City Region is HS2-ready says Cllr Hinchcliffe
11 June 2018
Problems arising from recent train timetable changes have highlighted the importance of Leeds City Region's and the North's rail network and the challenges we face on transport.
While the immediate focus is, quite rightly, on ending the chaos that has affected Northern Rail customers and establishing a clear and fair compensation plan for passengers across the North, these events have highlighted the need for long-term action too. We need wider network capacity and infrastructure issues to be addressed too.
When delegates come to Leeds to attend the High Speed Rail Industry Leaders Conference on Tuesday, we will be turning our attention to these longer-term considerations and the vital role high-speed rail has to play in resolving these problems.
We will also be showing them that we are High-Speed-ready and how HS2 and Northern Powerhouse Rail are already having a positive impact on investment and development in our City Region.
Leeds City Region already has a £64.6 billion economy, larger than nine EU countries and the largest in England outside London and the South East. More than just a transport project, high-speed rail will be a catalyst for hugely increased economic growth opportunities, making our Region an even more attractive place as somewhere to invest, expand, live and visit. By 2050, the number of additional jobs forecast to be created as a result of HS2 is 50,000.
Find out about the Leeds City Region HS2 Growth Strategy
And Northern Powerhouse Rail, including stations in Bradford, Leeds and York, is forecast to create jobs and growth across the whole of the north. Preparations to capitalise on these huge opportunities offered by HS2 and Northern Powerhouse Rail are well underway in our City Region. They include plans to remodel stations in Bradford and Leeds, and South Bank Leeds, the largest regeneration project in Europe.
Research by analysts at GENECON, the specialist economic development consultancy, shows that a Northern Powerhouse Rail station in my own city, at a revamped Bradford Interchange, serving traditional rail and bus services as well as the new east-west high-speed link, could generate up to 15,000 new jobs across the City Region.
Putting Bradford at the heart of a high-speed powered Northern Powerhouse will help unleash the potential of a city which, with almost a quarter of its population aged under 16 is the UK's youngest.
Meanwhile in Leeds, the South Bank development includes plans for the country's largest sustainable housing development with 8,000 new homes and over 35,000 local jobs with developer CEG planning to build a 40-storey residential skyscraper and create space for office, retail, leisure, hotel, health, community, education and cultural use.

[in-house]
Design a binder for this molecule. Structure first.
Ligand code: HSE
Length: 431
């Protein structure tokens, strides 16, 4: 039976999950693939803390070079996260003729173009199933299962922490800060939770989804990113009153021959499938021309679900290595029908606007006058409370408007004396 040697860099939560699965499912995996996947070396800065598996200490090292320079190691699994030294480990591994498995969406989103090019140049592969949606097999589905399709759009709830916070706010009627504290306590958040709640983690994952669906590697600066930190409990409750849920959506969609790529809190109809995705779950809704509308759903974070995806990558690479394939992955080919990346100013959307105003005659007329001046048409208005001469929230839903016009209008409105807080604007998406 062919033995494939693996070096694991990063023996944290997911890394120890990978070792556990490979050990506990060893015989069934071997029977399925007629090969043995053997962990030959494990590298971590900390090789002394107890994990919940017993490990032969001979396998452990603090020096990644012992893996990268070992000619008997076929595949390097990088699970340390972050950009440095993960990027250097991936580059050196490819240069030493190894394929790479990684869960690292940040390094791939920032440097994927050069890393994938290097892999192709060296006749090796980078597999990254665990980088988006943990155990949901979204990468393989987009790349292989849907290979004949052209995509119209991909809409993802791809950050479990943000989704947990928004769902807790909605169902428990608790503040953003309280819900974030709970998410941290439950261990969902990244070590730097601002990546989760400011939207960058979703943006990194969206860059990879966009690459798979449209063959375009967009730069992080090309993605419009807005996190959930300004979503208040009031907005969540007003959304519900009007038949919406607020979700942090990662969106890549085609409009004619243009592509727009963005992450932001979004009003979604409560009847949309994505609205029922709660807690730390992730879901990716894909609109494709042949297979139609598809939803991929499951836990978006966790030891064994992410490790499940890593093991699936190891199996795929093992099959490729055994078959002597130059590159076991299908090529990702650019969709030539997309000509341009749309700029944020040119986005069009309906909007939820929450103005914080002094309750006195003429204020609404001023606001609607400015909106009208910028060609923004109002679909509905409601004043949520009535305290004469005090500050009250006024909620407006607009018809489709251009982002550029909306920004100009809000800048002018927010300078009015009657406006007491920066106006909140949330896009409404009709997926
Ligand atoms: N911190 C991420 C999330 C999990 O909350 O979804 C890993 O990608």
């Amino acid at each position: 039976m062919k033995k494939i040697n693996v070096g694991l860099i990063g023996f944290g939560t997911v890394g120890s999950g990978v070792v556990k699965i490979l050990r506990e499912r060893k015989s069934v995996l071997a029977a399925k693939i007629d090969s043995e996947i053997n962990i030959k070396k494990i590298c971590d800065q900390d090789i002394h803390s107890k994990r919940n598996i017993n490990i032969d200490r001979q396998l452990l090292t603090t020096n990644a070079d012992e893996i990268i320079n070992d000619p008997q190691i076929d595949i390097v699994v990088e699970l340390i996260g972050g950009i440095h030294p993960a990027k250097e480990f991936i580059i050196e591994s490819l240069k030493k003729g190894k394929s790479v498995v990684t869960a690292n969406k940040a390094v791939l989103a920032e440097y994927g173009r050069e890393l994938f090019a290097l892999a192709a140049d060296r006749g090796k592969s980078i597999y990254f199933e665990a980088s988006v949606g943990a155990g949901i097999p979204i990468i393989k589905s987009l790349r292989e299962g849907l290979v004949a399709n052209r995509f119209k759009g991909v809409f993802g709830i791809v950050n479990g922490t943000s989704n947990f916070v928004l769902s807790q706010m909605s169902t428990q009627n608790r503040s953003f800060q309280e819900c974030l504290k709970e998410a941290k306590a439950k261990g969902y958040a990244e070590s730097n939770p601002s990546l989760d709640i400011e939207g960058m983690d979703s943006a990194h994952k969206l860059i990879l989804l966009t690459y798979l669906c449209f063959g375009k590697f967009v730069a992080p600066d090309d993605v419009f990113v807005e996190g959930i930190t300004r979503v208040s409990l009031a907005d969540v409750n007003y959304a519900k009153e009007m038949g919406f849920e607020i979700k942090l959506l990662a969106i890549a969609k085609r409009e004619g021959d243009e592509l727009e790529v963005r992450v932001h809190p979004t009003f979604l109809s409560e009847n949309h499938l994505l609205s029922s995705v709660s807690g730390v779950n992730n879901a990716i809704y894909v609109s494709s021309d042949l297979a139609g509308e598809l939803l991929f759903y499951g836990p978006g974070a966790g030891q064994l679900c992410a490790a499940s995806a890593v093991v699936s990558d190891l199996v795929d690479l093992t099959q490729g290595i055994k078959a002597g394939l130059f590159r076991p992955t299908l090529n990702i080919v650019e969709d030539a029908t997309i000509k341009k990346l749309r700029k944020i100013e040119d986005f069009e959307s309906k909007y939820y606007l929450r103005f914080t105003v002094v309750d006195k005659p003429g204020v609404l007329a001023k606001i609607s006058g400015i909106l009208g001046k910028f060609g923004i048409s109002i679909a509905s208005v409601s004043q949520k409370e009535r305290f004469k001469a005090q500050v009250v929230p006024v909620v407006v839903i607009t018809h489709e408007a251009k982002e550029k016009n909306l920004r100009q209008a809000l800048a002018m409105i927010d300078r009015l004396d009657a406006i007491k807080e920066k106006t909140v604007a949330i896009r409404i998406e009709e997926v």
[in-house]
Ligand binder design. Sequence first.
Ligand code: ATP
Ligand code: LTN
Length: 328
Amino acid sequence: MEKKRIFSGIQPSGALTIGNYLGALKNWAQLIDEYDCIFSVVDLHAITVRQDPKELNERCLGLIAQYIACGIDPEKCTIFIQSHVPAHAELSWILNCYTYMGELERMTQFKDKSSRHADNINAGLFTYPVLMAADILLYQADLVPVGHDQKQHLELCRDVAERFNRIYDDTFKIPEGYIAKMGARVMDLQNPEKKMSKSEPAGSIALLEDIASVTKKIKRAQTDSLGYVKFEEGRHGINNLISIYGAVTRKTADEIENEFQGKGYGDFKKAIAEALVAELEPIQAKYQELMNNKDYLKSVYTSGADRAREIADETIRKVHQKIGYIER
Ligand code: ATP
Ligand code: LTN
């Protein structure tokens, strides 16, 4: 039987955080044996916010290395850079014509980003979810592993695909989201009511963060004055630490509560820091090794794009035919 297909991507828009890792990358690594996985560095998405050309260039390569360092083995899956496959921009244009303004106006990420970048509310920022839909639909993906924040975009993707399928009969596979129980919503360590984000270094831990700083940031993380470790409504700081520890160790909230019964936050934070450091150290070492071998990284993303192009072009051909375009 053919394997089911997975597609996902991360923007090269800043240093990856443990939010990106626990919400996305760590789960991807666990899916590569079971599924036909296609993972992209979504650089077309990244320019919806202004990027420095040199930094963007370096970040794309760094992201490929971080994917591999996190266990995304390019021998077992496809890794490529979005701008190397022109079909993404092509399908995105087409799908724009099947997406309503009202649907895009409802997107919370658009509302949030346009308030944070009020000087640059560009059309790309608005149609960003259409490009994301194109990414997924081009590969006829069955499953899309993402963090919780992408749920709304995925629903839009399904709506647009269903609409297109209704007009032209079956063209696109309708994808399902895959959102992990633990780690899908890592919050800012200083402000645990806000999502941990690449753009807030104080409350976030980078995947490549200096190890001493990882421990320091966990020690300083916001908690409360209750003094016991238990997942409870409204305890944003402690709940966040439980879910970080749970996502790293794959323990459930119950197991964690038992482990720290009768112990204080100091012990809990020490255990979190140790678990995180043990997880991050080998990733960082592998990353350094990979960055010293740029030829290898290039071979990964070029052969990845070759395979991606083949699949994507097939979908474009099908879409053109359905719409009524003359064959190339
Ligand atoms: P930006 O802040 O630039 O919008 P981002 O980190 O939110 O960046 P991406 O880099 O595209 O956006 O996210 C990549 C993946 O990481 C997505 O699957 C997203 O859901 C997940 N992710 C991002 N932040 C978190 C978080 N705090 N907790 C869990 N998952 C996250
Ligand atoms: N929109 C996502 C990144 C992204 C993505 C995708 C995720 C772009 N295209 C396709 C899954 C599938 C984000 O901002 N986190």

Not only are West Yorkshire and the Leeds City Region ready for high-speed rail. We also have the research, innovation and educational environment to welcome it.
The University of Leeds is developing the UK's first dedicated centre for high speed rail technologies and system integration and just last week, West Yorkshire Combined Authority backed the development of a £23 million scheme to develop world-leading facility capable of testing full-scale rolling stock and railway track structures. We also have Huddersfield University's Institute of Railway Research, a world-leading centre in the field of railway engineering and risk.
Also, Leeds City Region's economic and sector strengths place it at the heart of high-speed rail development both in terms of its leading role in the UK's reinvention as a knowledge-led economy and its huge potential for supply chain involvement.
Our economy is underpinned by world-leading research, one of Europe's largest teaching hospitals, the UK's best university, over £600m of investment in academic infrastructure currently on-site or in the pipeline and the largest population of millennials in the Northern Powerhouse.
When it comes to the supply chain, Leeds City Region already has a strong manufacturing sector worth £7.7bn to our economy and employing 144,200 people, 48,500 of whom work in advanced manufacturing. Over 90% of our businesses are small and medium employers of the size that the Federation of Small Business is forecasting that 60% of HS2's 7,000 supply chain contract opportunities will go to.
While HS2 and Northern Powerhouse Rail are already having an impact on development and investment in our future prosperity, we have always been clear that by the time they arrive, our existing transport networks must also be HS2-ready.
That is why we continue to push for much-needed upgrades to a number of rail routes, including the trans-Pennine lines via Huddersfield and the Calder Valley and the Harrogate line along with better road links across the country's spine. The first big test of the government's commitment to working with us to maximise the benefits of high-speed will be the trans-Pennine rail upgrade.
It is also why we have used the Leeds City Region Growth Deal with government to establish a £1 billion Transport Fund to develop the networks and facilities that support inclusive growth but also prepare the way for high-speed rail's arrival.
As I said at the outset, right now we are focusing on solving the immediate problems causing misery for passengers using our railways on a daily basis, but I can assure the industry leaders heading to Leeds on Tuesday that we also have our eyes firmly on the future and the arrival of high-speed rail.